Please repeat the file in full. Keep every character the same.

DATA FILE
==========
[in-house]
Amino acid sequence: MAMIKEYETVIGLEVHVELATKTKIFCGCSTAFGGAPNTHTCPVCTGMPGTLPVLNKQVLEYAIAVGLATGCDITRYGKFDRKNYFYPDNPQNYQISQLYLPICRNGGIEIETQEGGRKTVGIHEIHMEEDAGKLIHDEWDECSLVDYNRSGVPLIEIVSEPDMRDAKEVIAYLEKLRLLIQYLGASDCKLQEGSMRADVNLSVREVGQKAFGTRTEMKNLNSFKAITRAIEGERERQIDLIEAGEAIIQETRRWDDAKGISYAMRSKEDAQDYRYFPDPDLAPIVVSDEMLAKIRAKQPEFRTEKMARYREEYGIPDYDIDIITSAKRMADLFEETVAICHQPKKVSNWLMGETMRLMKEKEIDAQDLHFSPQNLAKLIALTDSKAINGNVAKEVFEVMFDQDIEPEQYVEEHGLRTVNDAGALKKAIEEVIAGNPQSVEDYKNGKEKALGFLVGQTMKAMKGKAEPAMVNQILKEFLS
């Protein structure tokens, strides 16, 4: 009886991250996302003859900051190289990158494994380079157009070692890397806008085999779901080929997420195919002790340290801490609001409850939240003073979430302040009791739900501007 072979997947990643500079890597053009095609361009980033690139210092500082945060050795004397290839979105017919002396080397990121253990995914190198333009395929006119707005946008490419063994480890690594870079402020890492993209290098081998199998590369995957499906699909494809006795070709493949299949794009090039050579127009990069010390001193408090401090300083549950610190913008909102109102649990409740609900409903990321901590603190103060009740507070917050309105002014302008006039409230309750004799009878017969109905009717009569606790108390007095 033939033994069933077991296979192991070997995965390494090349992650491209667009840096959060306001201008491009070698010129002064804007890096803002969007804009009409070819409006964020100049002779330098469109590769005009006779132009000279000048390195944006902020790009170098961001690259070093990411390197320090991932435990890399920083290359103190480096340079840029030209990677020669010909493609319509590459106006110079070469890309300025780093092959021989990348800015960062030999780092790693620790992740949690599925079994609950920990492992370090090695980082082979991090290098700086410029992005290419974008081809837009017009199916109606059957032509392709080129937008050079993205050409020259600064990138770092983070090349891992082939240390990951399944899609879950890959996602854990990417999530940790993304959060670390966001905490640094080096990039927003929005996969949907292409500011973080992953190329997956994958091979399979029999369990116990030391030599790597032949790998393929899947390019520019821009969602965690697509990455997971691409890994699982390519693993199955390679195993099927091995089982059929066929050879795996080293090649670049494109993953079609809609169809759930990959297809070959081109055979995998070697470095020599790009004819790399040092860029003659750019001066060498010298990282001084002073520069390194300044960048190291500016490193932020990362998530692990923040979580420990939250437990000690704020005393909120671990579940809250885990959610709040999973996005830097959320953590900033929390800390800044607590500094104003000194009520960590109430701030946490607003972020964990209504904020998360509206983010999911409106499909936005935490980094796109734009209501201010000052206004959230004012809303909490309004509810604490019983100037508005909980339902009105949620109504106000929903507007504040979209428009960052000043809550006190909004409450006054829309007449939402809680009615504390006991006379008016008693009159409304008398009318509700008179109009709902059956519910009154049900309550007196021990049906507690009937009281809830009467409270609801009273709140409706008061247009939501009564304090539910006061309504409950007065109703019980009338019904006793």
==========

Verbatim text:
[in-house]
Amino acid sequence: MAMIKEYETVIGLEVHVELATKTKIFCGCSTAFGGAPNTHTCPVCTGMPGTLPVLNKQVLEYAIAVGLATGCDITRYGKFDRKNYFYPDNPQNYQISQLYLPICRNGGIEIETQEGGRKTVGIHEIHMEEDAGKLIHDEWDECSLVDYNRSGVPLIEIVSEPDMRDAKEVIAYLEKLRLLIQYLGASDCKLQEGSMRADVNLSVREVGQKAFGTRTEMKNLNSFKAITRAIEGERERQIDLIEAGEAIIQETRRWDDAKGISYAMRSKEDAQDYRYFPDPDLAPIVVSDEMLAKIRAKQPEFRTEKMARYREEYGIPDYDIDIITSAKRMADLFEETVAICHQPKKVSNWLMGETMRLMKEKEIDAQDLHFSPQNLAKLIALTDSKAINGNVAKEVFEVMFDQDIEPEQYVEEHGLRTVNDAGALKKAIEEVIAGNPQSVEDYKNGKEKALGFLVGQTMKAMKGKAEPAMVNQILKEFLS
């Protein structure tokens, strides 16, 4: 009886991250996302003859900051190289990158494994380079157009070692890397806008085999779901080929997420195919002790340290801490609001409850939240003073979430302040009791739900501007 072979997947990643500079890597053009095609361009980033690139210092500082945060050795004397290839979105017919002396080397990121253990995914190198333009395929006119707005946008490419063994480890690594870079402020890492993209290098081998199998590369995957499906699909494809006795070709493949299949794009090039050579127009990069010390001193408090401090300083549950610190913008909102109102649990409740609900409903990321901590603190103060009740507070917050309105002014302008006039409230309750004799009878017969109905009717009569606790108390007095 033939033994069933077991296979192991070997995965390494090349992650491209667009840096959060306001201008491009070698010129002064804007890096803002969007804009009409070819409006964020100049002779330098469109590769005009006779132009000279000048390195944006902020790009170098961001690259070093990411390197320090991932435990890399920083290359103190480096340079840029030209990677020669010909493609319509590459106006110079070469890309300025780093092959021989990348800015960062030999780092790693620790992740949690599925079994609950920990492992370090090695980082082979991090290098700086410029992005290419974008081809837009017009199916109606059957032509392709080129937008050079993205050409020259600064990138770092983070090349891992082939240390990951399944899609879950890959996602854990990417999530940790993304959060670390966001905490640094080096990039927003929005996969949907292409500011973080992953190329997956994958091979399979029999369990116990030391030599790597032949790998393929899947390019520019821009969602965690697509990455997971691409890994699982390519693993199955390679195993099927091995089982059929066929050879795996080293090649670049494109993953079609809609169809759930990959297809070959081109055979995998070697470095020599790009004819790399040092860029003659750019001066060498010298990282001084002073520069390194300044960048190291500016490193932020990362998530692990923040979580420990939250437990000690704020005393909120671990579940809250885990959610709040999973996005830097959320953590900033929390800390800044607590500094104003000194009520960590109430701030946490607003972020964990209504904020998360509206983010999911409106499909936005935490980094796109734009209501201010000052206004959230004012809303909490309004509810604490019983100037508005909980339902009105949620109504106000929903507007504040979209428009960052000043809550006190909004409450006054829309007449939402809680009615504390006991006379008016008693009159409304008398009318509700008179109009709902059956519910009154049900309550007196021990049906507690009937009281809830009467409270609801009273709140409706008061247009939501009564304090539910006061309504409950007065109703019980009338019904006793």